The chief executive of the economic think tank the Centre for Cities, Andrew Carter, told The Yorkshire Post that important long-term initiatives such as a White Paper on devolution, the Industrial Strategy and the move towards a Net Zero economy had been kicked into the long grass.
Instead Mr Carter said the Government was favouring short-term policies which he compared to the Conservative and Labour governments of the 1990s and 2000s and said that a comprehensive economic plan would have given the UK business community the confidence to begin investing and creating jobs.
He added that the swift and effective roll outs of the furlough scheme and Universal Credit top up showed that the Government could quickly enact meaningful reforms.
“You can debate the merits of the individual schemes that were announced, whether it was freeports or the relocation or town deals etc, “ he said.
“But it really feels like a move away from the Government from a bigger strategic perspective on what needs to be done to rebalance the economy.
“The Industrial Strategy has been sidelined, the Industrial Strategy Council has been sidelined, the devolution white paper is not near to being published. Those bigger instruments for thinking about how we rebalance the economy I think the Government has really moved away from those and what we got from the Budget was just a set of initiatives and schemes.
“It felt to me in some respects that we were going back to the Nineties or early noughties when Governments were criticized for ‘initiative-itus’ - a scheme for this and a scheme for that.
“But when you step back, is the totality of this investment going to rebalance the economy? I think probably not.”
Mr Carter’s views came in the same week in which Bradford Council leader Susan Hinchcliffe who told a House of Lords select committee that the need for a long range plan was acute and that it should look ahead as far as 20 years.
She said: "We need the long term investment plan with governments saying this is what we're going to deliver.”
Mr Carter also warned that the regions of England were having little or no say in any of the policy decisions made at the Budget and policy making was still too centralised.
“I think it reconfirms the Government in the driving seat,” he said.
“All of these schemes are all about the Government making the decision about what initiative to introduce, the Government debating which part of the country gets the initiative or gets to bid for it, the Government is deciding who gets the money.”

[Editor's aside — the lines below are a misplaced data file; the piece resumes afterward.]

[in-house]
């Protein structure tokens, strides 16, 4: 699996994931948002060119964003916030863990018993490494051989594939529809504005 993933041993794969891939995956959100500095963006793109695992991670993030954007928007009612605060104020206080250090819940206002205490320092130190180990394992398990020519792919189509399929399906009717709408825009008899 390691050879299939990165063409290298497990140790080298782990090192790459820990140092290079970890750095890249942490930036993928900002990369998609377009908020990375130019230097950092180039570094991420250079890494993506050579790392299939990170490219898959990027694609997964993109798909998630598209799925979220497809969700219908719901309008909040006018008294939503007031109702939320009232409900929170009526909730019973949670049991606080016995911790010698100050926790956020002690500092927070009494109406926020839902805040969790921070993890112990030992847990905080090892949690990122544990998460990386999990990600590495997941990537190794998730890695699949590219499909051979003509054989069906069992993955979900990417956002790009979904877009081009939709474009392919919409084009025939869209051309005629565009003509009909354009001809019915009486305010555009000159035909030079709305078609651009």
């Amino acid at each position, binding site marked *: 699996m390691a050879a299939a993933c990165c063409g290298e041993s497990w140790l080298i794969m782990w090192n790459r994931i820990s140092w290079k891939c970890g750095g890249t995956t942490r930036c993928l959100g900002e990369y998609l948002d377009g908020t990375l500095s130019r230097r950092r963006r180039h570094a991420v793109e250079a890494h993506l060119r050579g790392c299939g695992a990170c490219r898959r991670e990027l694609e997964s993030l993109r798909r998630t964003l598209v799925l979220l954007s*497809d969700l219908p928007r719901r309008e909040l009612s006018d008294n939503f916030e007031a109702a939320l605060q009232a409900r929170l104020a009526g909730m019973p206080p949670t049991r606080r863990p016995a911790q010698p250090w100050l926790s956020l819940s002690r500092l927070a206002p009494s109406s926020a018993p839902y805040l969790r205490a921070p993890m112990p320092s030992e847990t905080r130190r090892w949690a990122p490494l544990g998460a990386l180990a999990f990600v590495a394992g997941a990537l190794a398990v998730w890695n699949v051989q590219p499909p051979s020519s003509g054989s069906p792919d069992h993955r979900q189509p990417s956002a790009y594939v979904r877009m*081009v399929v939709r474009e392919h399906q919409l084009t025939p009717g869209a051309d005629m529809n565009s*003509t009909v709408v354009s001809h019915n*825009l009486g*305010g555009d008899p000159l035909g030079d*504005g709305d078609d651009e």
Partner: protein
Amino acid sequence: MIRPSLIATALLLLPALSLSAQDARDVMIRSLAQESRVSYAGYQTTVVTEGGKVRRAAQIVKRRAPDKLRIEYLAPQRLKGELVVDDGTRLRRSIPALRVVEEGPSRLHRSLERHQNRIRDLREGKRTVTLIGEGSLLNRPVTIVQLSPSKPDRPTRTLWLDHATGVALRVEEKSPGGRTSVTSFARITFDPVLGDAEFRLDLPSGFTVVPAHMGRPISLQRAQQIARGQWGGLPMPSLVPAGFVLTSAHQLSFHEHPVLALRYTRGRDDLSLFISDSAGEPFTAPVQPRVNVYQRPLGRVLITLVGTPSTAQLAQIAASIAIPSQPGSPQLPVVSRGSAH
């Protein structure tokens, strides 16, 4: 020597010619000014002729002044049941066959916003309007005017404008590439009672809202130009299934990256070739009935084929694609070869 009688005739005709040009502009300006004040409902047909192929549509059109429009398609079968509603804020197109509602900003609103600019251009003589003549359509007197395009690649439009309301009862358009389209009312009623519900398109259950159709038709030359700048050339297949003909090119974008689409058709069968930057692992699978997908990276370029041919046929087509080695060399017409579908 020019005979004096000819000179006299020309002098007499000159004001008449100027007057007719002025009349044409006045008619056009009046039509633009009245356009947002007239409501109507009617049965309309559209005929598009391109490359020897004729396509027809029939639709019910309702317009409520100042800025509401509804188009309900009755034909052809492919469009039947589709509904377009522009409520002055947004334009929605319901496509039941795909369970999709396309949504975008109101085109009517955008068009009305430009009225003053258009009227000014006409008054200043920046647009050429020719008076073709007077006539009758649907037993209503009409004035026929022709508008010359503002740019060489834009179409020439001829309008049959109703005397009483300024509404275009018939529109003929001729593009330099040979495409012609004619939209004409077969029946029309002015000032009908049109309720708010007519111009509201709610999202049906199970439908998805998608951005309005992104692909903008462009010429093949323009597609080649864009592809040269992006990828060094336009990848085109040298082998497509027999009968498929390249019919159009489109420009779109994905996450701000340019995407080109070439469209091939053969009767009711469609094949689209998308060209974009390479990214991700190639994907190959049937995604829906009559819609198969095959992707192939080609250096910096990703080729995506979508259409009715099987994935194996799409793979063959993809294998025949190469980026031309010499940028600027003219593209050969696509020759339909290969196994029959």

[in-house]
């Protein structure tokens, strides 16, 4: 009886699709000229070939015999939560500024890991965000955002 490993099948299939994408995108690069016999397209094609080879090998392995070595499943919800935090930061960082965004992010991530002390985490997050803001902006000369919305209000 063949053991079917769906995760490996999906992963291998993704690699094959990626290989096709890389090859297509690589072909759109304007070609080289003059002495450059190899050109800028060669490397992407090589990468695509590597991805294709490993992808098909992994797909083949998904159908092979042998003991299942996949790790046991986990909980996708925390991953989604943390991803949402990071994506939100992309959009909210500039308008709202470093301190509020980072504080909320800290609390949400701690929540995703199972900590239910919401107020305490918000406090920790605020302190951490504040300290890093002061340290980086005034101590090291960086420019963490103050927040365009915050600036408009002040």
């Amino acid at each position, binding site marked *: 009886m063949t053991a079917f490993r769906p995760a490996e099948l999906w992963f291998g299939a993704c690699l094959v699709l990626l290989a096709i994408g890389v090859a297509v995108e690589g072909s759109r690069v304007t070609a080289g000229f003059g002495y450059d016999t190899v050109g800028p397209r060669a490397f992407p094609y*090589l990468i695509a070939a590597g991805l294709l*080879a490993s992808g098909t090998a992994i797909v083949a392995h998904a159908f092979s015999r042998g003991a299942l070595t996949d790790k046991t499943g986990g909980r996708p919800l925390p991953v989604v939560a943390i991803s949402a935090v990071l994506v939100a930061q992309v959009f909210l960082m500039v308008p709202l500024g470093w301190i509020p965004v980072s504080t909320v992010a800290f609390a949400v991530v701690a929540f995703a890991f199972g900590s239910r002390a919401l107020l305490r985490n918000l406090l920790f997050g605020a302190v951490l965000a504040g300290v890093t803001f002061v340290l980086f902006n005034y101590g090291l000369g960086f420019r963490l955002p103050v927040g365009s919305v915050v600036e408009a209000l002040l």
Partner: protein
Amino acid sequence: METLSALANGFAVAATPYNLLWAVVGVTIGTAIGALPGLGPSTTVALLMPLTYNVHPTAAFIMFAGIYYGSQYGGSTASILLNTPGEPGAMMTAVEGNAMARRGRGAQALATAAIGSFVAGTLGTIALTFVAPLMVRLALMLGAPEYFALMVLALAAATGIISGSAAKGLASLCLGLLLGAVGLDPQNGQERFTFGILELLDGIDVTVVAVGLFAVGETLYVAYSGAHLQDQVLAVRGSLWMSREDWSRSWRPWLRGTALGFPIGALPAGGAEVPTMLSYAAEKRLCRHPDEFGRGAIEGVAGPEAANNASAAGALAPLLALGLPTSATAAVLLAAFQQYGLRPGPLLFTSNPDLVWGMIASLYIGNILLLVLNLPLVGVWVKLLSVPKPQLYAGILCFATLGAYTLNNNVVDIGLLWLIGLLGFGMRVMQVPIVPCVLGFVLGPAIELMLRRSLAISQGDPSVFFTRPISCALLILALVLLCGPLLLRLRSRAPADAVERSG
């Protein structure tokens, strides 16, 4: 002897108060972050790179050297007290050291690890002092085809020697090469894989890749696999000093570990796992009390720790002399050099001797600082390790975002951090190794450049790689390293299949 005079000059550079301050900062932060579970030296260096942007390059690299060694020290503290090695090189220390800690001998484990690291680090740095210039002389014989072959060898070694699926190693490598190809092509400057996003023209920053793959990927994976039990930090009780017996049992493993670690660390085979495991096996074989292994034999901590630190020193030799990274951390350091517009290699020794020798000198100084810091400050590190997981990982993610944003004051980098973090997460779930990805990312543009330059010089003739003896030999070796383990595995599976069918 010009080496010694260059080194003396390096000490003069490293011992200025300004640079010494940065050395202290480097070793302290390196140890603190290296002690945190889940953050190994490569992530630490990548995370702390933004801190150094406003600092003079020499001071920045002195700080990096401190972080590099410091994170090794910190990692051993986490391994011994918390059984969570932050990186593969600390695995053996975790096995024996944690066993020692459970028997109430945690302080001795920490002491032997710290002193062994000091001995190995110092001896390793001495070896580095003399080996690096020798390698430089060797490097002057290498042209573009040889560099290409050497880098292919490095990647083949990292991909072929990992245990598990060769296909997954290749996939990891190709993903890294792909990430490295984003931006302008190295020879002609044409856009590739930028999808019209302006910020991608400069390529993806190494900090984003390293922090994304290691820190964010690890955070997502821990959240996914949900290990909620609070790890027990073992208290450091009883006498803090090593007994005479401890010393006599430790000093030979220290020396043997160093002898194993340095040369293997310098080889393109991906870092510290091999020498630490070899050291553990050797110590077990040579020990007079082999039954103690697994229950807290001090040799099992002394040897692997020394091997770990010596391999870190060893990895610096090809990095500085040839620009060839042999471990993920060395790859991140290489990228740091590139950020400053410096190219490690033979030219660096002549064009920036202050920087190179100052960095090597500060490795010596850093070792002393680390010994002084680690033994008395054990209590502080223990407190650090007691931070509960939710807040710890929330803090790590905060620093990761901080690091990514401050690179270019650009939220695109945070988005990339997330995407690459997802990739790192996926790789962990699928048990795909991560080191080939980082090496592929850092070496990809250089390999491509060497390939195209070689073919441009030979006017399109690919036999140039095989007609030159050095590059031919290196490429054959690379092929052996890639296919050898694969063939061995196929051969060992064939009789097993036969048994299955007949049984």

Mr Carter said that the Budget statement provided by Chancellor Rishi Sunak last week had been a missed opportunity to signal to the private sector that they should look to create jobs, citing the Government’s net zero carbon target as a prime area in which it could have taken action.
“What was largely absent, other than warm words, is what it is we are going to be doing on net zero. Once the Government is clear, that encourages businesses to invest into technology and skills that will have a huge impact on the labour market up and down the country.
“If you are second guessing what the Government is going to do then all you do is sit on your hands. The Government has to provide some kind of certainty.
“It will improve skills and it is a growing part of the economy. Investment in skills will pay off and its long term. It is generational if nothing else.
“If the pandemic and the ensuing unemployment challenge is not the catalyst for this then what is?”
Mr Carter said the rapid deployment of the furlough scheme at the start of the pandemic showed that the Government was capable of quickly deploying far-reaching measures and that this should have set a precedent.
“It showed us that with effort and will that we can achieve these things,” he said.
“We don’t have to fall into this fatalism. If we deploy enough resources and effort and political will we can do these things.”
A Government spokesperson said: “Rebalancing the economy is at the heart of our levelling up agenda and we have clear and ambitious plans to achieve it.
“Our new Plan for Growth will unleash potential in every region of the UK as we drive economic growth, create jobs, cut emissions and support British industry as we build back better from the pandemic. It is a plan that sets out our clear focus on high quality infrastructure, innovation and a green industrial revolution as well as making the most of the strengths of the Union.”